The merest acquaintance with the humans on planet Earth and their religions immediately raises two questions: (1) Why are there so many religions?, and (2) Why are religious people so immune to data that concern their religion? In this blog, we will address the first question.
Well, how many religions are there? First, we should restrict this question to religions that exist today, and exclude all the religions that came and went (and are now lost) during first 190,000 years of Homo sapiens. And, of course, we acknowledge that estimates vary. But none of the estimates are small. So now: There are dozens of major religions (varying between a couple dozen and four or five dozen). By “major” I mean religions with at least half a million adherents or so. These religions differ significantly from each other in doctrine, in the deities or sacred beings they worship or acknowledge, and in how anything supernatural is perceived. (Many of us learned in school that there were five major religions: Christianity, Islam, Buddhism, Hinduism, and Judaism. This seriously understates anything like the correct number.)
The dozens number is not the interesting number, however. The interesting number is the number of sub-religions under each major religion. Often, these sub-religions, or sects, or groups, differ almost as much from each other as the major religions differ among themselves. So, for example, some experts estimate that there are over 30,000 versions of Christianity. Arguably all these versions worship some version of Jesus Christ, but beyond that, they differ significantly. For example, some see Jesus Christ as a sort of warrior against sin; some see the Christ as a god of love, unconcerned about sin; still others regard Jesus as a male human being who managed to live the perfect life and should therefore be emulated. There is also considerable mixing and matching. All of what I’m calling the major religions break up into at least several and often thousands of different sects or groups.
Let’s sum this up by saying that there are tens of thousands of religions on planet Earth today. This number is conservative.
Okay, now why are there so many religions? Here’s where things get interesting.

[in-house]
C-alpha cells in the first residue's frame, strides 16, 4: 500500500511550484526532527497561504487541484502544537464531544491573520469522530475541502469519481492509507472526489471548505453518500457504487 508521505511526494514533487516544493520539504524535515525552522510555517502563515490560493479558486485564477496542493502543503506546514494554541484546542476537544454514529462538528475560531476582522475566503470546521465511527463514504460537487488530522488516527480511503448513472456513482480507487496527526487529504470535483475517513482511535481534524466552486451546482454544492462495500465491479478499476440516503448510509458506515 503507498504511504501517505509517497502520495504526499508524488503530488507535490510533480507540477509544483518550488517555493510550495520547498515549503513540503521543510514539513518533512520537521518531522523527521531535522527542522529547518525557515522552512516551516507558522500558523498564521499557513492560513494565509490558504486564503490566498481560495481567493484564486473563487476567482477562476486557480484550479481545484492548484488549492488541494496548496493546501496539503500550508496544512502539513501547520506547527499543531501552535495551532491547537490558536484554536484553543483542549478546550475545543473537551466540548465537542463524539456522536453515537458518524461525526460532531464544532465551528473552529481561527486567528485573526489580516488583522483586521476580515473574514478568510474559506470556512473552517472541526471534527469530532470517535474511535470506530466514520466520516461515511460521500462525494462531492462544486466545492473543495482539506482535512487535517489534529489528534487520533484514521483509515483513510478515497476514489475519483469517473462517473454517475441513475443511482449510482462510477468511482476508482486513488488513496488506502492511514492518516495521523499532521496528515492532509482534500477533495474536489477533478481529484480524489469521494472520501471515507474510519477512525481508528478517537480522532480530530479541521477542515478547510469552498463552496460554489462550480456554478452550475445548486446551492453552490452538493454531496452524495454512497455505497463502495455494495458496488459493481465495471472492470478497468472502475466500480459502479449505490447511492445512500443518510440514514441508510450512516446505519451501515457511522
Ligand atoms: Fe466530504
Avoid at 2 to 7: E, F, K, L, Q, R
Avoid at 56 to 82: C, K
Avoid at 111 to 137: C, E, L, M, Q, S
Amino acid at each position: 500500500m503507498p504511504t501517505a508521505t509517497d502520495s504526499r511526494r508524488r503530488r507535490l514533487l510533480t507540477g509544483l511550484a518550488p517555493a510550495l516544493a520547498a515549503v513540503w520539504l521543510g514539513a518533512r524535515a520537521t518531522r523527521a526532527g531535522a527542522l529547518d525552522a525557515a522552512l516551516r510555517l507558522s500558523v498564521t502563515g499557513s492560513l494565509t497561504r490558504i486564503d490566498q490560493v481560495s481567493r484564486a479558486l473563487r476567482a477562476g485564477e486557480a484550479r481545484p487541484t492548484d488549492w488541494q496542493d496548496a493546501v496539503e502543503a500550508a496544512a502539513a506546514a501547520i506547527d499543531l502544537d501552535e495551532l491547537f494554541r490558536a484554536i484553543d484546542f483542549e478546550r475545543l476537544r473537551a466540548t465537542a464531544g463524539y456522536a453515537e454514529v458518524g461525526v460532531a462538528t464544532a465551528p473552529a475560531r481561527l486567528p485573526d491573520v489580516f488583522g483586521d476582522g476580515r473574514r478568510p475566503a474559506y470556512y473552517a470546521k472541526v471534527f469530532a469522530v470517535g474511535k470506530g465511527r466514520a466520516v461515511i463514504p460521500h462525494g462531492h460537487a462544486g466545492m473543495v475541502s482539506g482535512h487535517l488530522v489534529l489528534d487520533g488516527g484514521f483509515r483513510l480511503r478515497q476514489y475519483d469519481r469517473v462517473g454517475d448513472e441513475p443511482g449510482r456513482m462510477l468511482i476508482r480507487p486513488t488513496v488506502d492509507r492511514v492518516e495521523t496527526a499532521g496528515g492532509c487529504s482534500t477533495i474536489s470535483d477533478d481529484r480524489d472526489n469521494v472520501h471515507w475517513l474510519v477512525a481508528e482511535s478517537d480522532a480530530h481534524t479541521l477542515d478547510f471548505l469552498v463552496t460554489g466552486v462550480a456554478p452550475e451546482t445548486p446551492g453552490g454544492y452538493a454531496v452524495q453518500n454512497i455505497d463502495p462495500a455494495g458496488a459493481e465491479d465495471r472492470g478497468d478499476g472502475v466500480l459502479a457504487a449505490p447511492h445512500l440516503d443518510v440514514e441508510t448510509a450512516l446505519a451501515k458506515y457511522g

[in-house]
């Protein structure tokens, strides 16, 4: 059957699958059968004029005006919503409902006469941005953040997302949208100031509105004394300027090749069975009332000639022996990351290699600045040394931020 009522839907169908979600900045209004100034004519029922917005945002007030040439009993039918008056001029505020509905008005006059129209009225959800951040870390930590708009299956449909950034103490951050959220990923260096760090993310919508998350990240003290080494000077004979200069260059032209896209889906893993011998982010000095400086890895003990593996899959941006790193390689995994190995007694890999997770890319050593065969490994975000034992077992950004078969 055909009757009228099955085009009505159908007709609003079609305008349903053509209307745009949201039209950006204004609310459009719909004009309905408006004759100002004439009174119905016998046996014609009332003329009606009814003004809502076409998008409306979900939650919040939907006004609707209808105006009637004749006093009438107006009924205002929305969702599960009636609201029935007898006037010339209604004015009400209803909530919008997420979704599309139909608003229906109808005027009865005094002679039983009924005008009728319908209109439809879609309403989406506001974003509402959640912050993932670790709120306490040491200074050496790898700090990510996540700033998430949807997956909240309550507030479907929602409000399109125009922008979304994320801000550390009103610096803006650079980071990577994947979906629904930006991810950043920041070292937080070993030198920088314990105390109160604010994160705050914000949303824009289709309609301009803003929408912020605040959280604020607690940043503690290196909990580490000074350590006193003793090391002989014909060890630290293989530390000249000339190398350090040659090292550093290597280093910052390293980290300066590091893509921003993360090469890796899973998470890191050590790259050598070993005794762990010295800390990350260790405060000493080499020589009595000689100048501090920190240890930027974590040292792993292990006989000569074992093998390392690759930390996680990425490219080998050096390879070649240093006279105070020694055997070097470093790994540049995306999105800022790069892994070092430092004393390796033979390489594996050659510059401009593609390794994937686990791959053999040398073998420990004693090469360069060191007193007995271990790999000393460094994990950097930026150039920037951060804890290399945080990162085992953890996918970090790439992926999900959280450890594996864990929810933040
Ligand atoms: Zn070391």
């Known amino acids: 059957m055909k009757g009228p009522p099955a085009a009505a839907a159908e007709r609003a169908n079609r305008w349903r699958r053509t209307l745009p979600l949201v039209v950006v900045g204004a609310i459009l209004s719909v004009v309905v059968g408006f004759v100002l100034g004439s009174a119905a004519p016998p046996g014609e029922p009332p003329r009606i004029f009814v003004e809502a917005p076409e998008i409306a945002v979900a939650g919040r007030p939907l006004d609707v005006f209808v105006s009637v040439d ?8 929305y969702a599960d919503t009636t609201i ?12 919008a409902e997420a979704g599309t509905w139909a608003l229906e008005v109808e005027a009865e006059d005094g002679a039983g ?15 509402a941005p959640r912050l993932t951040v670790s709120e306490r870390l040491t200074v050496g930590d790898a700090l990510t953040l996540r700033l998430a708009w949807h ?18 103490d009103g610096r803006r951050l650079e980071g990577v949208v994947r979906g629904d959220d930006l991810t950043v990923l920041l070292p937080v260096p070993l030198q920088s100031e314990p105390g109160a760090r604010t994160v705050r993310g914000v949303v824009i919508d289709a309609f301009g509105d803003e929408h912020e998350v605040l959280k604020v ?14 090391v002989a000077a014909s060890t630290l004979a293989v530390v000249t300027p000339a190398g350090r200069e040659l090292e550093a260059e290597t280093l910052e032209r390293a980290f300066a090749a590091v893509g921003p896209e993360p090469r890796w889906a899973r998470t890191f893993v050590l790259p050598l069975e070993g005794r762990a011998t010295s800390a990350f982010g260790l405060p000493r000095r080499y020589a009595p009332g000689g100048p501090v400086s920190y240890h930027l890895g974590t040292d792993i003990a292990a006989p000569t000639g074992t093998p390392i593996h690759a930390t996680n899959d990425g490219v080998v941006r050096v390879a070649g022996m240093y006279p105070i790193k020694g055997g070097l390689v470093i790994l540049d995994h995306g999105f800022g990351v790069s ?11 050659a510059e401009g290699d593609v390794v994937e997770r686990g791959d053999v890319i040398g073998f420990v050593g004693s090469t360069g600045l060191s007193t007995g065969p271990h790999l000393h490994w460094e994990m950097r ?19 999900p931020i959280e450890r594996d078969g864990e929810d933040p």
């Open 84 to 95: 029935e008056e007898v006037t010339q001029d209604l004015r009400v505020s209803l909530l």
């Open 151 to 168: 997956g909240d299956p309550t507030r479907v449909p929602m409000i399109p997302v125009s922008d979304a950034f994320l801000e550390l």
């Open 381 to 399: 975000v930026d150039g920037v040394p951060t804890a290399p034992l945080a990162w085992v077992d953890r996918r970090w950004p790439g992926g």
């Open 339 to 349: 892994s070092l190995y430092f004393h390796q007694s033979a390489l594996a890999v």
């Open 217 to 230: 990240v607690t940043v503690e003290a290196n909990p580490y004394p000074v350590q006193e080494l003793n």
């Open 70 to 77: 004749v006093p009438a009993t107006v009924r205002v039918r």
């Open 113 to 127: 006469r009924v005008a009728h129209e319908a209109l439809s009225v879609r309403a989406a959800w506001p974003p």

Perhaps the most popular religious answer to this question is that we are each seeking our own path to God, and our own paths vary because we vary. (Though I capitalize the word “God”, it is important for this explanation that I do not mean any specific deity of any specific religion. And I don’t.) But this explanation is flatly denied by many of the largest religions in the world today (religions with the most adherents). Most Muslims, Buddhists, and Christians do not subscribe to this explanation. They think their religion is the correct one and the others are not. But the crucial fact to note here is that this explanation turns the existence of the tens of thousands of religions into merely a side-effect of the fact that there are billions of religious humans. On this explanation, therefore, the existence of thousands and thousands of religions is rendered not interesting.
A much better explanation can be derived by taking seriously the existence of the thousands and thousands of religions. It is not a side-effect; it is the key. Taking this fact seriously means looking for an explanation of religion that has as a consequence the fact that there should be thousands and thousands of religions. We need look only as far as evolutionary theory. There are thousands and thousands of religions because being religious is an evolutionary adaptation. Evolution produces lots of variation within the parameters of a given type of adaptation (there is a huge variety of feathers, for example). If religions were or are doing something positive for human well-being and psychology (even if religions cause many serious problems) then religiosity will be preserved. But if the religious details don’t matter, then evolutionary theory predicts that there will be thousands of religions. Which is in fact what we see.
Consider an apt analogy—language. All people speak a language—no matter how isolated. Language evolved from animal communication. All living things communicate. But only humans use language. At least that is the current view. Note that there are and have been thousands of languages on planet Earth. Why the vast number of languages? The answer is that the details of the language spoken are not relevant to communication. All that matters are that the sounds have meanings and follow a grammar of some sort. These are very loose constraints. Since the constraints on languages are so loose, languages vary wildly in their sounds, structures, and compositional meanings. This explains the large variation in languages. The same is true of religion. Religions are like languages. Religions are an evolutionary adaptation primarily for keeping groups and tribes together. This job can be accomplished in a huge variety of ways. And that’s why there are so many religions.